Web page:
On Asset Drift & Avoiding Disaster

Just like with financial assets, where managing state is critical, this is also true for our cloud assets. If we create a portfolio with a certain distribution of risk, we want to ensure it isn’t drifting from its targets and this requires us to constantly monitor both our assets and the market––constantly moving targets.

These are best practices that are well-established in the DevOps / SRE and cloud practice.  We all understand that having fine-grained monitoring and observability of our assets is critical to avoiding disaster in the form of outages and failures.  And just like financial liability is huge, this also holds true for the cloud. For instance, load balancer misconfiguration with improper privileges can cause damage that you may not be able to recover from, and a huge loss in the financial world is quite the same. Sometimes, leaving a cloud environment without guardrails is like writing a blank check.

Therefore, just like all financial transactions need to be logged, cloud operations too need to be codified and logged––so that any potentially harmful drifts from the desired state can be caught and mitigated rapidly through today’s IaC and automation. When your cloud is not consistently monitored and managed, finding these types of potential liabilities becomes a needle in a haystack.

Cloud Resources are Eventually Assets - Treat Them Like It

While some of the guardrails and good practices are easier to apply, some things are harder, and we need to start with what we can achieve today, and constantly work on improving.  Cloud operations have been around for maybe fifteen years, financial asset management is a much more stable and mature world, having been around for 8 decades now. Let’s take a look at the lessons we can learn and apply today - to both our financial management and cloud operations.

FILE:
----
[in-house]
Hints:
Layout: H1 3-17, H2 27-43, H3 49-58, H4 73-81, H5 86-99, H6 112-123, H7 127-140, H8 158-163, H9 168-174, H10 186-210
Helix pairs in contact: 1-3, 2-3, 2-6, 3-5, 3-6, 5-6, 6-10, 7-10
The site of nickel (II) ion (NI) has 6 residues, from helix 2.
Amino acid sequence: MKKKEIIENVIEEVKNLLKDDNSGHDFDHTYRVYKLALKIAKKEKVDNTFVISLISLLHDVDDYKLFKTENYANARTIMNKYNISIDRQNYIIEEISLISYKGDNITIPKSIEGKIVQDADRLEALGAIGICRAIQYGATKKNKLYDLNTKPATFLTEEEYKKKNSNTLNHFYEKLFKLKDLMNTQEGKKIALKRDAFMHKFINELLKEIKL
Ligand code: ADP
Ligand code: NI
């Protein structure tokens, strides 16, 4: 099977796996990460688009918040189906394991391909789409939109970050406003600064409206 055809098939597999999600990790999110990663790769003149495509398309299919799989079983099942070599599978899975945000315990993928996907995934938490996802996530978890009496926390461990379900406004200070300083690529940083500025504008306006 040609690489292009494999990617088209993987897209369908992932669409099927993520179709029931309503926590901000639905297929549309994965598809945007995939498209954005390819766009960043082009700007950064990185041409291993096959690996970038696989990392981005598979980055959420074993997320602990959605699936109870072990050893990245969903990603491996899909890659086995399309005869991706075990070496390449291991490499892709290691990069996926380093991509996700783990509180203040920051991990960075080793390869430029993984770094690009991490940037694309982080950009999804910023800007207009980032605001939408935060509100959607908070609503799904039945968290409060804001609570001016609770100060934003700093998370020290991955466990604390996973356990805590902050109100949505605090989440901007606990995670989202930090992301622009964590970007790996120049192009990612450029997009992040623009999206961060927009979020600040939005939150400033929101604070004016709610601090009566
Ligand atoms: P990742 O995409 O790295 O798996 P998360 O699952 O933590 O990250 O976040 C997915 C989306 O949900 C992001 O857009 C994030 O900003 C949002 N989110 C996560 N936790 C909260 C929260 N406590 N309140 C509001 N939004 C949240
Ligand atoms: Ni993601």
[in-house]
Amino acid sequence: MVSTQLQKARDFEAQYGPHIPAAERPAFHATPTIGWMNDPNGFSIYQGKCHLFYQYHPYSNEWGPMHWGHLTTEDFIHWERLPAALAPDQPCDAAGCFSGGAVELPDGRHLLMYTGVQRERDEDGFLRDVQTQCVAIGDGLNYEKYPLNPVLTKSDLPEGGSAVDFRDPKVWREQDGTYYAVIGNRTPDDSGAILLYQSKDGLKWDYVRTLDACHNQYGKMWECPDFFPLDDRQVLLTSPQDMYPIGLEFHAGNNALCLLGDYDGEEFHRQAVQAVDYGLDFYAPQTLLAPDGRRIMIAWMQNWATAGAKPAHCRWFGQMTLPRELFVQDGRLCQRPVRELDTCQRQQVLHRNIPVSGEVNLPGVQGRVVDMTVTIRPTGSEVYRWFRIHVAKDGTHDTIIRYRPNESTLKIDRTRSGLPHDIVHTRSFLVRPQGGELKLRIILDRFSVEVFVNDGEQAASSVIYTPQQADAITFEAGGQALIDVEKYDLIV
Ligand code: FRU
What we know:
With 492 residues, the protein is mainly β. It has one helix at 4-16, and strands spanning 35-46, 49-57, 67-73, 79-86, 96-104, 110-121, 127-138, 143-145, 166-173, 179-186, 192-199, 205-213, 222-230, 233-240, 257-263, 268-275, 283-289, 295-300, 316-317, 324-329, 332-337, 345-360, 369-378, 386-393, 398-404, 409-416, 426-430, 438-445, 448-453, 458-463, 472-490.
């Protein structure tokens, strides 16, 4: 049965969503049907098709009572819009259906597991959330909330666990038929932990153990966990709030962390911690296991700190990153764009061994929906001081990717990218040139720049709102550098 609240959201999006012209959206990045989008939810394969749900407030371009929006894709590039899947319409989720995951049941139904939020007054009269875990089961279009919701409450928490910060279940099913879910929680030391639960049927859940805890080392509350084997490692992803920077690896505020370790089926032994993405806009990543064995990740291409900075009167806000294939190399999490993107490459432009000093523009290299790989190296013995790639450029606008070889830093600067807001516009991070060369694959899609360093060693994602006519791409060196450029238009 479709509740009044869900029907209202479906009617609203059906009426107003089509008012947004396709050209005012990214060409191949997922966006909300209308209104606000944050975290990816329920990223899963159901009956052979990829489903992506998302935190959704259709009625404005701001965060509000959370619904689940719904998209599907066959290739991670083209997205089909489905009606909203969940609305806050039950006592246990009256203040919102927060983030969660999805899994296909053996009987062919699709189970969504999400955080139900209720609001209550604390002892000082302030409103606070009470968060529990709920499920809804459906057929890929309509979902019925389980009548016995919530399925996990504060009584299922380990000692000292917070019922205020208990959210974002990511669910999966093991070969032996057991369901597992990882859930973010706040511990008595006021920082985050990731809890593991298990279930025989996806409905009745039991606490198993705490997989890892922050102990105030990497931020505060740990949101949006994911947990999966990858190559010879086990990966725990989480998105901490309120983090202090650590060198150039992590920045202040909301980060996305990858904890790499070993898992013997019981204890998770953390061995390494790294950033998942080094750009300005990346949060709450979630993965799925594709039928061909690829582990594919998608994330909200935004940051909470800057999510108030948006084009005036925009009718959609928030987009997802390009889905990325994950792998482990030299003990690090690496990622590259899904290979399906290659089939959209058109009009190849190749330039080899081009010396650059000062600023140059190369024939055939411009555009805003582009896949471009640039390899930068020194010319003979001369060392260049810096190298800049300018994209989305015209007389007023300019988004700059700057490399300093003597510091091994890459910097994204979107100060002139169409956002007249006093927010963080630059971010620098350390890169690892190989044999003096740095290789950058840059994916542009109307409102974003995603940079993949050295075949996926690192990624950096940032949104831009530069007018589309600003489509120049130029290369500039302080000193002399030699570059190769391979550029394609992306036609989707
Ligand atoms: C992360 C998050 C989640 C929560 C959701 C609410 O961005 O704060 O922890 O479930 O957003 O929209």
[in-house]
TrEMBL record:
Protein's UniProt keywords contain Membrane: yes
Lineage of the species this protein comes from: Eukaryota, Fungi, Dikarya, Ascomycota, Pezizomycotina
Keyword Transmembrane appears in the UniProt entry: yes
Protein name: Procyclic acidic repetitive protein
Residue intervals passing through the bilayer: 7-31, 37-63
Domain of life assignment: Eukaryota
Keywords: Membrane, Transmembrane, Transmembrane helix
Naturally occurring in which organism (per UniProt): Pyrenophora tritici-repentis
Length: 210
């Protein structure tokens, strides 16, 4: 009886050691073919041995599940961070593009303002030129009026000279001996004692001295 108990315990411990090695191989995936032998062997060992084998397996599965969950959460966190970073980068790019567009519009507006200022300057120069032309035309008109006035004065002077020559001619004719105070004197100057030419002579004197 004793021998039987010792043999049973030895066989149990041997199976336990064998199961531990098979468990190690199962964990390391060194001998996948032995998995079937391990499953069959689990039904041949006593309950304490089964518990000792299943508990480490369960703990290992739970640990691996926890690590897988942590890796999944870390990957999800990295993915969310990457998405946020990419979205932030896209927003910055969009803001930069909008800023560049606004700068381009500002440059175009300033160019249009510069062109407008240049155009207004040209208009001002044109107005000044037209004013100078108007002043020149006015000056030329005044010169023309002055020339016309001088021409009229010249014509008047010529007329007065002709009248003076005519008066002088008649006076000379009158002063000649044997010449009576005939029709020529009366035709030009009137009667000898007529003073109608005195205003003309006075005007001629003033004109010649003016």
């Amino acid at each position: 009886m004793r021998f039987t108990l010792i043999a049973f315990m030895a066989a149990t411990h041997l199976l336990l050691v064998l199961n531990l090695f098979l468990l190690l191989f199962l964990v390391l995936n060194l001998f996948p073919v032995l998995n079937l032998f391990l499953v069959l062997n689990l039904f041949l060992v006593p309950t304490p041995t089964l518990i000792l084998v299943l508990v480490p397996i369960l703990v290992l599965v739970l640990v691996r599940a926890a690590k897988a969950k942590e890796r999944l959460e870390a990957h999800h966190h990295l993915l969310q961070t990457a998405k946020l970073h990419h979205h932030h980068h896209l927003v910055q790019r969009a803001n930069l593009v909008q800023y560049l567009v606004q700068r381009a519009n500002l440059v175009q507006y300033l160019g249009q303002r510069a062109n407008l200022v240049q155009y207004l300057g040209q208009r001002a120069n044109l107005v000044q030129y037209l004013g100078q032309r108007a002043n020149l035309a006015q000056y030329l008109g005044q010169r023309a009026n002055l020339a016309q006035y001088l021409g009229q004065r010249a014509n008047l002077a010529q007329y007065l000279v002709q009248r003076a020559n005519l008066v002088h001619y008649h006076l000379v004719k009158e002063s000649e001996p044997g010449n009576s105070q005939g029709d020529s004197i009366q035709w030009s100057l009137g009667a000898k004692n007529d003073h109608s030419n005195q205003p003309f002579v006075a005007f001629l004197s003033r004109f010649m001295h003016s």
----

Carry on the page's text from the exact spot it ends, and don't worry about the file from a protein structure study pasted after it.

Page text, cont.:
Asset management requires smart people. In financial management there’s a well-known phrase “always have the smartest people in the room”.  What you will pay today in salaries, might prevent disaster tomorrow in lack of maturity or experience––that can be a liability.  This is true for financial management and cloud management.  In the spirit of Netflix, building talent density ensures you have the smartest people working on emerging cloud challenges and problems as the cloud continues to evolve.

Automation is required to scale. In the same way that all modern funds leverage algorithm trading, even when you have the smartest people in the room you still need to augment their talents with smart machines & tools, because human capabilities go so far. You can’t scale without machines, and this holds true for the cloud as well. Automation made possible what wasn’t possible before in terms of speed and safety for engineering velocity.  Don’t be afraid to introduce tools that make your engineers better at what they do, and free them up from human toil on repetitive tasks.

Guardrails are critical. I cannot stress enough the need for guardrails and protection in both worlds. Guardrails prevent disasters from human error or overwhelming complexity. They prevent good people from making simple mistakes. The financial market and cloud ecosystem have many similarities, and managing them takes skill and strategy. So even when you have the smartest people working on the toughest cloud challenges, and the best of breed tooling to support your work, don’t compromise on the guardrails.  These will provide a measure of protection and safety in a constantly evolving ecosystem and threat landscape for your highest value workloads, AKA your cloud assets.

Photo by Adeolu Eletu on Unsplash